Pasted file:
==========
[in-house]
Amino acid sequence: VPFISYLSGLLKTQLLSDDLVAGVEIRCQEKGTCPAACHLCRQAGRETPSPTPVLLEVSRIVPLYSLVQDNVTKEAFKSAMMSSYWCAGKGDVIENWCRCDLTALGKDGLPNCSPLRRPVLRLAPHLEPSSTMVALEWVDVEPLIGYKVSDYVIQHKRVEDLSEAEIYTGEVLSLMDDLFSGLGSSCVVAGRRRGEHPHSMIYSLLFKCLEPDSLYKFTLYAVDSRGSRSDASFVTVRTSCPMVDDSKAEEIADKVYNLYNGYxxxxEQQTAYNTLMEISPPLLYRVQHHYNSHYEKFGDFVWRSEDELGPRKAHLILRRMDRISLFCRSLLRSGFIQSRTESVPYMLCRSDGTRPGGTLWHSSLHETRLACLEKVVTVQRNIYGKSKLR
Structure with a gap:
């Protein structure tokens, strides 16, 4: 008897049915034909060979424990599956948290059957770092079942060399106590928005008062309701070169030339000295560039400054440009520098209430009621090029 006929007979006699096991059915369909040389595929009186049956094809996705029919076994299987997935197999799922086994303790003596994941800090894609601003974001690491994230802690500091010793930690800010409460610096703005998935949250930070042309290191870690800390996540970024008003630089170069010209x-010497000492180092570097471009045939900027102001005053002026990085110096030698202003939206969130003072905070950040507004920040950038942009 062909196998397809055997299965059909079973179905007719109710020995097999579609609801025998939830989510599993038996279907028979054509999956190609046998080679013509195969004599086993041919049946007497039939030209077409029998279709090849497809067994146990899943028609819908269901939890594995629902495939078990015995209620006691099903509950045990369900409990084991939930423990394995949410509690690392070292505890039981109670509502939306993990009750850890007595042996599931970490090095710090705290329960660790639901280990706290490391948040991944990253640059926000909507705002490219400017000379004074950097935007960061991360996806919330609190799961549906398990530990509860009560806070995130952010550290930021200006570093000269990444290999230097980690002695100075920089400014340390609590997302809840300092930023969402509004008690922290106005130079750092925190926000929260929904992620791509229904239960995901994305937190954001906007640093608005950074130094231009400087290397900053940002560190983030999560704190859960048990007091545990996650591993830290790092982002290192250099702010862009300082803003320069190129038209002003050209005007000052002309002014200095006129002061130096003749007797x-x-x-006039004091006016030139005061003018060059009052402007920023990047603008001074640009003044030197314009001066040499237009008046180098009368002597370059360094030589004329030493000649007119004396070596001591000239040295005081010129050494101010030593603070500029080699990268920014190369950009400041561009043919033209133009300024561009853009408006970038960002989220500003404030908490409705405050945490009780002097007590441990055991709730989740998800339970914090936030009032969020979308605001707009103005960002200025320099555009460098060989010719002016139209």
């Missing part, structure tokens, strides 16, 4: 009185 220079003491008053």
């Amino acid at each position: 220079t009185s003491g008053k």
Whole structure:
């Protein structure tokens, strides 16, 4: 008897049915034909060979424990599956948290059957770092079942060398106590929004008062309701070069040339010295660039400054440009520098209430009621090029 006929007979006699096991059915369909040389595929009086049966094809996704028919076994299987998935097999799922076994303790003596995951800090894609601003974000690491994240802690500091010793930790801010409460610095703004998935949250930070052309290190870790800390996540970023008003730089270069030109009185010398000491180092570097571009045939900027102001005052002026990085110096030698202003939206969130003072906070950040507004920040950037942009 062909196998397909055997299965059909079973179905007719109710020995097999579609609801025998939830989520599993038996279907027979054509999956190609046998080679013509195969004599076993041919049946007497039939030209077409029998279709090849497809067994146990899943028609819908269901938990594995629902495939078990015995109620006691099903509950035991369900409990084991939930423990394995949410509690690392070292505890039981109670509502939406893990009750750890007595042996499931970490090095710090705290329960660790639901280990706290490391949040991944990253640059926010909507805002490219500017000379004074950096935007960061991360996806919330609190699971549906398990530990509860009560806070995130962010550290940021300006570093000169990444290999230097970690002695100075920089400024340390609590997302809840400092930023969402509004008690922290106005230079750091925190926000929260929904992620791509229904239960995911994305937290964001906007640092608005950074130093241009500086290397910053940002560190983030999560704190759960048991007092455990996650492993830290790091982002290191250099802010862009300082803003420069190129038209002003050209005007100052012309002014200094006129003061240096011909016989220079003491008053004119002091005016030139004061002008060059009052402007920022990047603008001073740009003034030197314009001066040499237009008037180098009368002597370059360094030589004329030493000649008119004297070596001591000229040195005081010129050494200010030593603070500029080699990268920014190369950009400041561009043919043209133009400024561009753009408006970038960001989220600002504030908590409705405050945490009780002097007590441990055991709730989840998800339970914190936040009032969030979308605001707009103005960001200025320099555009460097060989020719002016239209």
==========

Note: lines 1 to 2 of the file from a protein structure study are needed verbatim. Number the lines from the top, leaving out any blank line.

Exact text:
[in-house]
Amino acid sequence: VPFISYLSGLLKTQLLSDDLVAGVEIRCQEKGTCPAACHLCRQAGRETPSPTPVLLEVSRIVPLYSLVQDNVTKEAFKSAMMSSYWCAGKGDVIENWCRCDLTALGKDGLPNCSPLRRPVLRLAPHLEPSSTMVALEWVDVEPLIGYKVSDYVIQHKRVEDLSEAEIYTGEVLSLMDDLFSGLGSSCVVAGRRRGEHPHSMIYSLLFKCLEPDSLYKFTLYAVDSRGSRSDASFVTVRTSCPMVDDSKAEEIADKVYNLYNGYxxxxEQQTAYNTLMEISPPLLYRVQHHYNSHYEKFGDFVWRSEDELGPRKAHLILRRMDRISLFCRSLLRSGFIQSRTESVPYMLCRSDGTRPGGTLWHSSLHETRLACLEKVVTVQRNIYGKSKLR